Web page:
By Ron Leir
In the latest in a series of organizational hiccups, the Belleville Board of Education has lost its most recent chief school administrator.
At a special meeting last Thursday night, the BOE accepted the resignation of Helene Feldman as superintendent of schools – after only 15 months on the job – and installed elementary school principal Ricardo Acosta as acting superintendent, effective Sept. 1.
The BOE also agreed to retain Strategic Educational Advantage to conduct what BOE attorney Stephen Edelstein characterized as a “nationwide” search for a new superintendent. No stipend was set.
And the BOE approved an “early separation” agreement with the departed Feldman, whose contract runs through June 30, 2016.
“In the past,” Edelstein said, “it was the board’s prerogative to negotiate or buyout a superintendent’s contract [and] the state [Department of Education] played no role. All that has changed. Now, it’s very regulated. Superintendent Feldman decided to resign and the law tells us what she’s entitled to.”
Under that law, Edelstein said, Feldman “is entitled to three months’ pay for each year remaining in her contract,” which, in her case, “because of the way the year breaks,” works out to [a total of] 5.5 months,” plus compensation for “unused and accrued sick and vacation days,” all of which, he added, was audited by the state.
As spelled out in the agreement, Feldman – whose salary was about $167,500 a year – will receive $76,770 in salary payments, plus $11,163 for 43 unused accrued sick days (calculated at 40% of her $644 per diem rate), plus $7,730 for 12 unused accrued vacation days, for a grand total of $95,664.
For legal guidance in connection with the terms of the agreement, Feldman was represented by Andrew Babiak, a staff attorney with the New Jersey Association of School Administrators.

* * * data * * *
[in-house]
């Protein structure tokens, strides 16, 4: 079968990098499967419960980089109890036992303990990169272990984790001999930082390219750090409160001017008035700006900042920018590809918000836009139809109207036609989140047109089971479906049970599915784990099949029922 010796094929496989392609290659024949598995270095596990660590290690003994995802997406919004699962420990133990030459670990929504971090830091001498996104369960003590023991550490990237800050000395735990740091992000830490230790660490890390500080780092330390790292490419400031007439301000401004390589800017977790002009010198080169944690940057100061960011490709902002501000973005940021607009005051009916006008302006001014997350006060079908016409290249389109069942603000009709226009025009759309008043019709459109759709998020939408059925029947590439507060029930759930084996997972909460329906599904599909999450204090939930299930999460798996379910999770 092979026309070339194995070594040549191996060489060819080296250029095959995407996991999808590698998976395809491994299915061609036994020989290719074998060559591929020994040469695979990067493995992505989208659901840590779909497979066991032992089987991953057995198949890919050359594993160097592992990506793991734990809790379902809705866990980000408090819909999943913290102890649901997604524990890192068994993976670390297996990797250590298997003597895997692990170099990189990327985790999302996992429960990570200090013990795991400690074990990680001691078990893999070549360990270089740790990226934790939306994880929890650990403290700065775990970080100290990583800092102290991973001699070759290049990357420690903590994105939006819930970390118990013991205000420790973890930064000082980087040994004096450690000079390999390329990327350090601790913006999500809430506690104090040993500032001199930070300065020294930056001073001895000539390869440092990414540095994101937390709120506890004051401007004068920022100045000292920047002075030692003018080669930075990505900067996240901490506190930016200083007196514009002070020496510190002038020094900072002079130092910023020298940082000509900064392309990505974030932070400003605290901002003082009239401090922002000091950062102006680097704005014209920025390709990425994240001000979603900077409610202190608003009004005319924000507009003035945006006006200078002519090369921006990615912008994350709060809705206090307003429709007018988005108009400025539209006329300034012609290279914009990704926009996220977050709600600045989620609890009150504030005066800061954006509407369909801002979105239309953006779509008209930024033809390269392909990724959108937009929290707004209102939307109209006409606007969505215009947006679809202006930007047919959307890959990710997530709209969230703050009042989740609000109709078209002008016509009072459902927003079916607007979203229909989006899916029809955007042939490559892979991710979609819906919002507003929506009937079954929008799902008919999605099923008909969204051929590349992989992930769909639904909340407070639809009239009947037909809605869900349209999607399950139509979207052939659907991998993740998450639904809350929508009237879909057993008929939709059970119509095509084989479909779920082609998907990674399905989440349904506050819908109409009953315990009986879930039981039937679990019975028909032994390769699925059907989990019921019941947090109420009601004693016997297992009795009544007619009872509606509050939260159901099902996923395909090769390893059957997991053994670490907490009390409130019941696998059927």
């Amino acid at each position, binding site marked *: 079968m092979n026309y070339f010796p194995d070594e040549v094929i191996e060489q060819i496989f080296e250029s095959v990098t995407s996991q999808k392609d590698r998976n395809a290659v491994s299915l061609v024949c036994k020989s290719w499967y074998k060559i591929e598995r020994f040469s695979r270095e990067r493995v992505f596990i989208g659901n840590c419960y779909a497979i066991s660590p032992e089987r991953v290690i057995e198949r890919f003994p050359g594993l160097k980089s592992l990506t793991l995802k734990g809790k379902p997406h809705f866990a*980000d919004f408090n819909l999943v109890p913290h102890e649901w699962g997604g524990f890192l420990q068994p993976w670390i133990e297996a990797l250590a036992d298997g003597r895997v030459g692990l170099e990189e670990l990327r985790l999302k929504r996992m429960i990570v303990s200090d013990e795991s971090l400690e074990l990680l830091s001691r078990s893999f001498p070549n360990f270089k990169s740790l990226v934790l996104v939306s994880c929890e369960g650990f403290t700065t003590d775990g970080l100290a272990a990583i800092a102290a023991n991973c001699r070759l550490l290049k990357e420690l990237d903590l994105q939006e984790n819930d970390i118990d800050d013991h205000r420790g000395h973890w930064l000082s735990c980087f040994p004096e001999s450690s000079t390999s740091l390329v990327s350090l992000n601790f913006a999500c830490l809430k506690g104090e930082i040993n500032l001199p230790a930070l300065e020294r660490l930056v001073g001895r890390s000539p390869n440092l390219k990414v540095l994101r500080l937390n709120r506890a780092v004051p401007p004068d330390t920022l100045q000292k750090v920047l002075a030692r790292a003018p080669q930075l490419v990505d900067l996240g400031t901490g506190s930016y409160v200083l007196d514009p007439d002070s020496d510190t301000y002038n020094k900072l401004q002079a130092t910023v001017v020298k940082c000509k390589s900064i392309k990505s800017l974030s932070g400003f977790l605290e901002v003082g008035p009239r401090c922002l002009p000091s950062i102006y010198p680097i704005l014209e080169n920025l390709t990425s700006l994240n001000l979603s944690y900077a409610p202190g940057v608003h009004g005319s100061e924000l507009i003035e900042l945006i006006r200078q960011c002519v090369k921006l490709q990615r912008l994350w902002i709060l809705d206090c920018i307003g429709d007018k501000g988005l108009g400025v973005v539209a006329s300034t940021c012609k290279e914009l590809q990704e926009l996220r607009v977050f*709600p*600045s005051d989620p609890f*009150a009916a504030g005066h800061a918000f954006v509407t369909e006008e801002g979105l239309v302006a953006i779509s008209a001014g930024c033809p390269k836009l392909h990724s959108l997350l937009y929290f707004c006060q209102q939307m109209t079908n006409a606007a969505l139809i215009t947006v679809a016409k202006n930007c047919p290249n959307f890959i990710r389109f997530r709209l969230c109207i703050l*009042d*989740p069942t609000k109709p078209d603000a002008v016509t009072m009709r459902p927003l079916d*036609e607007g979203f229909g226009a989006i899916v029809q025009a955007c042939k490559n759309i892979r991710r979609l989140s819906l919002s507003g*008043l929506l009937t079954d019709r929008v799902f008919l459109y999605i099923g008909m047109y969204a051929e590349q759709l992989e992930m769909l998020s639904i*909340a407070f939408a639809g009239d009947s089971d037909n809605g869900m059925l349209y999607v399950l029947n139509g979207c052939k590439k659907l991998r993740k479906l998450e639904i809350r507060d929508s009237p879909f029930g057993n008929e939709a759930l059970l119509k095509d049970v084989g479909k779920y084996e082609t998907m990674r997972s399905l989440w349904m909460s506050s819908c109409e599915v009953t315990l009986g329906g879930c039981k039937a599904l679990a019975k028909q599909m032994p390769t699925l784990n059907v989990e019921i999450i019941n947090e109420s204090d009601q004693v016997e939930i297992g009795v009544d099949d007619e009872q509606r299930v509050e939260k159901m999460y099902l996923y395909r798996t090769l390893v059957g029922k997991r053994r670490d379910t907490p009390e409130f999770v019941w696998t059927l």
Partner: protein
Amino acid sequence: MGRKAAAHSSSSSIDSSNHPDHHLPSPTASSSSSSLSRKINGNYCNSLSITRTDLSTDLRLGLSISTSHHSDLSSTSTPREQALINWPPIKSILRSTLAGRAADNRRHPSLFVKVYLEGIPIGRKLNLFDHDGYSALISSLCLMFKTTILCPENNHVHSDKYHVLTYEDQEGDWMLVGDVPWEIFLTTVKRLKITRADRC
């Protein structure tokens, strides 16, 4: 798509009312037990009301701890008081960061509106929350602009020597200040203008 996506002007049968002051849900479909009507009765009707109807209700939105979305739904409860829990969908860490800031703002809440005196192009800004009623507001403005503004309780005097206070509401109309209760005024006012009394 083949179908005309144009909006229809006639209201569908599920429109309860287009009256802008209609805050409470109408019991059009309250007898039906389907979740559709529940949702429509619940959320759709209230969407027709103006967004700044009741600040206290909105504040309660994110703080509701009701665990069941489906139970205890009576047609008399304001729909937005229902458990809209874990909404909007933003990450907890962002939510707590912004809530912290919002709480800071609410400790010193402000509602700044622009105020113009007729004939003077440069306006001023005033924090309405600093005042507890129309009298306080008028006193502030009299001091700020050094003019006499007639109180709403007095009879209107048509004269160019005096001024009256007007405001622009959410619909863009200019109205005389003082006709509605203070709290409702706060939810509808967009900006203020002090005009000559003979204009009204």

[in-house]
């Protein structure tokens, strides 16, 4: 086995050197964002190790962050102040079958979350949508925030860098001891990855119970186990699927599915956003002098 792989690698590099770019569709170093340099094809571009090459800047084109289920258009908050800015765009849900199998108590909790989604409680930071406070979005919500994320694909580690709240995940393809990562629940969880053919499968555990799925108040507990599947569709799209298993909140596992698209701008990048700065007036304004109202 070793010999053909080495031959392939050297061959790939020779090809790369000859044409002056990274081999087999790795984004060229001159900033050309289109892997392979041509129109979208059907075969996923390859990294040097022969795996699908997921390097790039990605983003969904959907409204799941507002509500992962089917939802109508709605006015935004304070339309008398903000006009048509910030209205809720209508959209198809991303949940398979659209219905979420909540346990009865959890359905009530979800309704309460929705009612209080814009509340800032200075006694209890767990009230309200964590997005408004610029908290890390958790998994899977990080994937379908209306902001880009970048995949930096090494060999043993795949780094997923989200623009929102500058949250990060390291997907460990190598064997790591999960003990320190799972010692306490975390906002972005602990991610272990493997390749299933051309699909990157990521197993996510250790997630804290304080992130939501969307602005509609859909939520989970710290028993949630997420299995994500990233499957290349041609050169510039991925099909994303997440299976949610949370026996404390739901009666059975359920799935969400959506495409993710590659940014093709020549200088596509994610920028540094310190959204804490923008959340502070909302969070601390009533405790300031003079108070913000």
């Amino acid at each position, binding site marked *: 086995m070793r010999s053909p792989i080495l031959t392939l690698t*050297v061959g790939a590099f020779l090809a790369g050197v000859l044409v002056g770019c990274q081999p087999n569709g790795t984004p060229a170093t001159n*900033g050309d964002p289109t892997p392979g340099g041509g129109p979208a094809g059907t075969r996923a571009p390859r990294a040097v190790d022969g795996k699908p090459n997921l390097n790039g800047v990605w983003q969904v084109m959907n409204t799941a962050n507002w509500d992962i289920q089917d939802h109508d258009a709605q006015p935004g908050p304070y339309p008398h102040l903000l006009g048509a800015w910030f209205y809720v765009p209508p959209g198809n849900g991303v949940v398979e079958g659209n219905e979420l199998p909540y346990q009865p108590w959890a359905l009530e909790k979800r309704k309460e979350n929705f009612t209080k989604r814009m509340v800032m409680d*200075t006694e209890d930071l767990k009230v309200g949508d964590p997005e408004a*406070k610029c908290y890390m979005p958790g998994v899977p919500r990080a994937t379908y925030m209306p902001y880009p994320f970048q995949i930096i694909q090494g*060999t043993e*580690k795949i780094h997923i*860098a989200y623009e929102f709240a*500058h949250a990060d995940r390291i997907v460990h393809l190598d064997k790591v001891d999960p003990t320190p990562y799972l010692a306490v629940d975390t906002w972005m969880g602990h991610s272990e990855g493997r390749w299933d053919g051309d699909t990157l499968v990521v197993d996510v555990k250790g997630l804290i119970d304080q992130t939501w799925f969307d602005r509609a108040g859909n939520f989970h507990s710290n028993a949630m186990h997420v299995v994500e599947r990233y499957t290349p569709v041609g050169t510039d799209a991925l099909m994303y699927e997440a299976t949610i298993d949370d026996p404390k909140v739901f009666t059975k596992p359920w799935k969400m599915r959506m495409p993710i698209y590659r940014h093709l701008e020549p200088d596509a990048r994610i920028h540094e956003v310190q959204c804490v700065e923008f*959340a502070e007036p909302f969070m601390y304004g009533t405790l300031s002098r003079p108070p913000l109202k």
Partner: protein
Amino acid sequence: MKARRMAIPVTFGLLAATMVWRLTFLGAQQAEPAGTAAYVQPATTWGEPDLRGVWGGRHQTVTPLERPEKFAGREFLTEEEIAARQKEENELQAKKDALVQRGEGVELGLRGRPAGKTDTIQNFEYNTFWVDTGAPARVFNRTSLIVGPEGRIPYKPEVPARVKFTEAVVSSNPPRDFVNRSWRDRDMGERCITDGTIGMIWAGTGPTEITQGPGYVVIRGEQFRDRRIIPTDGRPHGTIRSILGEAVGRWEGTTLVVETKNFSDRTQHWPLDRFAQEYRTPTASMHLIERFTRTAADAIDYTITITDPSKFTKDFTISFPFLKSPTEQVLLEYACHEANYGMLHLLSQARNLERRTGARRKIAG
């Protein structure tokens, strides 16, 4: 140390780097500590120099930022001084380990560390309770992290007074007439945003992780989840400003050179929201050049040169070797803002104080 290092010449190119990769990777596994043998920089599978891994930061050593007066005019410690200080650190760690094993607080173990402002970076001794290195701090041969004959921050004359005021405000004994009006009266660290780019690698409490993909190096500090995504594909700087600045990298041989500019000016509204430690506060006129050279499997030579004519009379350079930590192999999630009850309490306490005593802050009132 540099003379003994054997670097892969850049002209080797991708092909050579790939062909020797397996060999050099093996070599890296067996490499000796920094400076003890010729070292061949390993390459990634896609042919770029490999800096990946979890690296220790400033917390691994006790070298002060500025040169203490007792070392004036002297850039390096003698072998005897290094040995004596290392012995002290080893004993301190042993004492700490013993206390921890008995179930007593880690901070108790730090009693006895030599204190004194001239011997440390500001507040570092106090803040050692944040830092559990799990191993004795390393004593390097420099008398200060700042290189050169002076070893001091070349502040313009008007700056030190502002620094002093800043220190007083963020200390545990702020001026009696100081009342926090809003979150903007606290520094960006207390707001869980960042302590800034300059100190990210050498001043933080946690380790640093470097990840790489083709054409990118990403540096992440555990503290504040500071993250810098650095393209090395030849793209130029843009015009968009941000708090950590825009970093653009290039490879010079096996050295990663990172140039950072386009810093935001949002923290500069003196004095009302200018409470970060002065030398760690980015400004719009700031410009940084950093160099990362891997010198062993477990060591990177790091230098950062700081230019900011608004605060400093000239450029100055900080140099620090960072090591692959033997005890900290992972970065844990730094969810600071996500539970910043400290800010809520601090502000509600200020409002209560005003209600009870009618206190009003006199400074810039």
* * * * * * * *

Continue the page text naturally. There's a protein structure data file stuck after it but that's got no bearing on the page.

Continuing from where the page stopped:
Feldman was elevated to superintendent in September 2012 from her position as the district’s special services director to replace the then-Superintendent Joseph Picardo, who ultimately resigned after he was sued by a former employee on sexual harassment charges. Picardo had replaced Edward Kliszus in 2010 and two interims followed before Feldman came aboard.
During the past two years, the district went through a succession of business administrators and this school year, was assigned a state monitor, Thomas Egan, who has reported that the district ran up a deficit of about $4 million for the 2013-2014 school year.
To try and get the overspending under control, the BOE has reduced its payroll by shedding 59 of its employees from the administrative, secretarial, custodial and instructional ranks, Raymond Jacobus, the current BOE secretary/ school business administrator, told The Observer.
“That’s subject to re-evaluation in September when we look at the needs of the district and school enrollment,” Jacobus added. At this point, he said, enrollment figures appear to be holding steady. “In the high school, we’re showing a little more but we can be a little more flexible than with the elementary schools,” he said.
Aside from the fiscal woes, Feldman’s short stay has been rocked by confrontations with the teachers’ union – and its president Michael Mignone in particular – in the wake of the district installing a $2 million elaborate security system, which the union has blasted as ill-advised and ineffective and argued that the money would’ve been better spent on instructional supplies and tools.
Meanwhile, Acosta is preparing to step through the chief school administrator’s revolving door.
“When Mr. Egan called me into his office [to offer him the job of acting superintendent], I was shocked,” said Acosta, who will be 37 in October. But he’s set his sights on “moving the children forward and working hand-in-hand with the teachers for the benefit of our students.”
Having just completed his sixth year with the district, Acosta served this past year as principal of Elementary School 4 and will continue to serve in that post as acting superintendent. He was vice principal of the Middle School two years prior. For his first three years, he was a fifth-grade teacher at Elementary School 10. Before coming to Belleville, he taught five years at Our Lady of Czestochowa School in Jersey City. He’s one of three Belleville school employees who hold a school administrator’s certificate, Egan said.